(Erbil) – An Iraqi government-backed militia on November 29, 2016, executed at least four men they suspected of affiliation with the Islamic State (also known as ISIS), Human Rights Watch said today. The men were killed without any judicial proceeding. Murder of prisoners in a conflict is a war crime.

Hundreds of men arrive at Hasansham camp for displaced persons after being screened by Iraqi Security Forces.

© 2016 Belkis Wille/Human Rights Watch

Residents of the Shayalat al-Imam village said that Iraqi Security Forces were in the village when the Hashad al-Jabour militia executed the men and stood idly by while they witnessed at least one execution. The villagers did not see them take any steps to stop the killings or punish the killers. Some Hashad al-Asha`ri militias from Sunni tribes, including the Hashad al-Jabour, are members of the Popular Mobilization Forces (PMF), which are fighting alongside the Iraqi troops to retake areas of northern Iraq from ISIS.

“The Iraqi government should make clear that government-backed militias don’t have a green light to abuse or execute captives regardless of what they think they’re guilty of,” said Lama Fakih, deputy Middle East director at Human Rights Watch. “The Iraqi army should intervene to stop militias from committing abuses against civilians and captured fighters, not stand idly by, and should punish fighters who commit abuses.”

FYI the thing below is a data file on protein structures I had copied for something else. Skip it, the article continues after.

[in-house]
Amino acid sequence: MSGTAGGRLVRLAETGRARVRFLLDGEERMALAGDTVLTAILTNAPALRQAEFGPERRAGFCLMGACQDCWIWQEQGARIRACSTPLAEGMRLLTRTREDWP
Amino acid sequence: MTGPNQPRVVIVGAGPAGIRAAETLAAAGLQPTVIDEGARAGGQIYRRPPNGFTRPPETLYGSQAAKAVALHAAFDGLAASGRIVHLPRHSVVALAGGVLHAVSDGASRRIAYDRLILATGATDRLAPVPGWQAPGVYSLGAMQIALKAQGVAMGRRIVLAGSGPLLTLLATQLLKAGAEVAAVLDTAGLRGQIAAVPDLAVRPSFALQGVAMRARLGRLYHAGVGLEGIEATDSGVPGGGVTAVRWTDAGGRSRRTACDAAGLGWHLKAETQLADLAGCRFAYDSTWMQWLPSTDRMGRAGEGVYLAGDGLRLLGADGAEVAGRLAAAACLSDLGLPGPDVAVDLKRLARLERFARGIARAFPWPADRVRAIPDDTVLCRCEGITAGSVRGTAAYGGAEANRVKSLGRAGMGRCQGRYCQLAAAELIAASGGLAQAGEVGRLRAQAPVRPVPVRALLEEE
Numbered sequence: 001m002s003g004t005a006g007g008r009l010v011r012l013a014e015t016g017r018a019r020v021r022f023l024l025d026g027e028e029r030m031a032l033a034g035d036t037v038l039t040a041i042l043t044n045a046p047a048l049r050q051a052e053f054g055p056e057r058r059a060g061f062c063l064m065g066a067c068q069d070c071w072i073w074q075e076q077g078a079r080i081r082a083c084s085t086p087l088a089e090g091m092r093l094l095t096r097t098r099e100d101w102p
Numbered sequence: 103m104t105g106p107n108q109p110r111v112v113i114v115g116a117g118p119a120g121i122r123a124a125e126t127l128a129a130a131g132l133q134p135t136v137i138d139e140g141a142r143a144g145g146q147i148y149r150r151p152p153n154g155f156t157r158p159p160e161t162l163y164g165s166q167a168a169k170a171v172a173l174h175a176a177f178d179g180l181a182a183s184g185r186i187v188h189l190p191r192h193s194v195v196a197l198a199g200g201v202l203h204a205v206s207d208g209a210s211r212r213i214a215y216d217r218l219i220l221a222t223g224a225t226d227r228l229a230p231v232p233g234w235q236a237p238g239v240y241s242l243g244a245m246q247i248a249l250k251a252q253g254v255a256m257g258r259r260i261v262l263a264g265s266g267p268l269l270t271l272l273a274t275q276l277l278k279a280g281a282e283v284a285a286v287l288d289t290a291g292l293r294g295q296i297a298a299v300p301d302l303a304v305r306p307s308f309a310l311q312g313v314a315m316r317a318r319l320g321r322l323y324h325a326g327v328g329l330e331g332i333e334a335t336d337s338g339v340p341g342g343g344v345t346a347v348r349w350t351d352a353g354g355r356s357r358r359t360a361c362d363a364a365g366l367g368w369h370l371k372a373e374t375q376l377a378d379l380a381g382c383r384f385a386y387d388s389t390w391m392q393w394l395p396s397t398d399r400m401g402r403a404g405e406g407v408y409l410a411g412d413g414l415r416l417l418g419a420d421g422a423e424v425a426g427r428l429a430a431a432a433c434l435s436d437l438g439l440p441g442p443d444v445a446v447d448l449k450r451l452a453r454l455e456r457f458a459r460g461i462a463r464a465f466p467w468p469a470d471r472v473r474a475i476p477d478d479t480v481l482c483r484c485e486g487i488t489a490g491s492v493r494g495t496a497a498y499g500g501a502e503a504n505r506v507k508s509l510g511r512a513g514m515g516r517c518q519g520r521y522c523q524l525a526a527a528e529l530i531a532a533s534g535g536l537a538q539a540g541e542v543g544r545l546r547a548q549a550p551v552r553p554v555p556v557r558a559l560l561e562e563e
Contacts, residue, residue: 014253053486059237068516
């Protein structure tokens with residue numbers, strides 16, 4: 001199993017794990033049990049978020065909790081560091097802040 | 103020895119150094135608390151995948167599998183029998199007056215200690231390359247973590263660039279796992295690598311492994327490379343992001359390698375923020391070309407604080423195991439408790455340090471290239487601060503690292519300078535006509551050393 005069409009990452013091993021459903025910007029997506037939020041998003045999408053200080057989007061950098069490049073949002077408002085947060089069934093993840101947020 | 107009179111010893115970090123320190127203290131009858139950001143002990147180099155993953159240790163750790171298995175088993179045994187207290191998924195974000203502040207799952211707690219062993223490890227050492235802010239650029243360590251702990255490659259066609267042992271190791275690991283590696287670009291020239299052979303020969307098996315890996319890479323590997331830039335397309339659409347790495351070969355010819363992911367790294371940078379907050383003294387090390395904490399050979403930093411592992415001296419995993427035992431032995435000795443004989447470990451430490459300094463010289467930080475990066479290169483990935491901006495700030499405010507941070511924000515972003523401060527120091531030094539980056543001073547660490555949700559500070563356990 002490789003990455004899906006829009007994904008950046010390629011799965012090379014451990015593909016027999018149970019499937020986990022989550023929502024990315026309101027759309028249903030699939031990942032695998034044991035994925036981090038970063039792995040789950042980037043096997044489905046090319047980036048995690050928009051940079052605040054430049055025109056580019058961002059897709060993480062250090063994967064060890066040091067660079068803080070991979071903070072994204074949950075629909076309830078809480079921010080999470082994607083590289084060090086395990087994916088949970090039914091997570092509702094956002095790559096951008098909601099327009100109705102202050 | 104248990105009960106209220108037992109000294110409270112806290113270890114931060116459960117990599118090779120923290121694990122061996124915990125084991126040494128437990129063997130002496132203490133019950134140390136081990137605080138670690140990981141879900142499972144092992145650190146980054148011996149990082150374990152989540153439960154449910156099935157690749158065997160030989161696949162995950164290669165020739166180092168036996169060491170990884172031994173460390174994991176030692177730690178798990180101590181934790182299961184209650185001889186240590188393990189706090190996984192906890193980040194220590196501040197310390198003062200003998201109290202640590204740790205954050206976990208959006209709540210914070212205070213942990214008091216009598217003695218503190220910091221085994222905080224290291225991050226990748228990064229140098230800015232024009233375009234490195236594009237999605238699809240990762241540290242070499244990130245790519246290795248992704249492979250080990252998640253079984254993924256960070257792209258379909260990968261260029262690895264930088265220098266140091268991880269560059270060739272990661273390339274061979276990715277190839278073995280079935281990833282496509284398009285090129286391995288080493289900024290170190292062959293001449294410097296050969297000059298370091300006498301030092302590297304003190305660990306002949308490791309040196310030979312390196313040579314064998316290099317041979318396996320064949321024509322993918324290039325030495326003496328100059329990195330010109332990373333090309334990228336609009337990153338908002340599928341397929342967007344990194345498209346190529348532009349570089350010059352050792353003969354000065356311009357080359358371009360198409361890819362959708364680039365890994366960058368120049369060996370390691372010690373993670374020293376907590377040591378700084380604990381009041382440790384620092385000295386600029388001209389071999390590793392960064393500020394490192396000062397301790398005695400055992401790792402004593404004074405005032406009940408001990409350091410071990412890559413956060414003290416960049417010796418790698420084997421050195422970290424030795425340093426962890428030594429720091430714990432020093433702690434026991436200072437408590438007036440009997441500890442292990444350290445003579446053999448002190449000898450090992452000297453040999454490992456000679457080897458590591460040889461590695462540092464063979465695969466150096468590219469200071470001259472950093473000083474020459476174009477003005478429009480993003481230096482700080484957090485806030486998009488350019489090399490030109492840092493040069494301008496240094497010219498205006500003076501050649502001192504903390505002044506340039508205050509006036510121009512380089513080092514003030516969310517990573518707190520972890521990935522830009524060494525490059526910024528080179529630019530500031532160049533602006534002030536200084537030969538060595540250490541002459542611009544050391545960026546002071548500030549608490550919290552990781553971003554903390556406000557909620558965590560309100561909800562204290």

Human Rights Watch visited a camp for displaced people south of Mosul on December 11, and interviewed eight residents of Shayalat al-Imam, which is 70 kilometers south of Mosul in the northern Salah al-Din Governorate. The residents said that the approximately 50 families in the village fled on November 29, after a complete army division and militia forces in at least 15 vehicles entered the village at around 8 a.m. after ISIS fighters withdrew to the west. Residents said that some of the Hashad fighters they saw covered their faces.

The “Battle to Liberate Nineveh – War Media” Facebook page, which posts regular updates on the conflict, says that the Iraqi army’s 60th infantry brigade 17th division and the Hashad al-Asha`ri pushed out ISIS fighters and retook the village on November 29.

Village residents said that the militia fighters were from nearby villages, including Kan`us, Hajj Ali, Sudayrah, and al-Hayjal. A Shayalat al-Imam community leader said they were under the control of a local sheikh who had previously worked as the leader of an “awakening force” unit, the Sunni force that had turned against earlier militant takeovers in the region. The militia is locally known as Hashad al-Jabour, the community leader said. Villagers said that the Hashad fighters ordered the villagers to assemble in an open area south of the village close to the highway. Amer, 52, whose surname is being withheld for his safety, said: “They rounded us up in a yard. We were about 50 families, but they separated the men from the women. They started asking who is ISIS, how many ISIS [members] were there in the village, does anyone know ISIS [members] from the village?”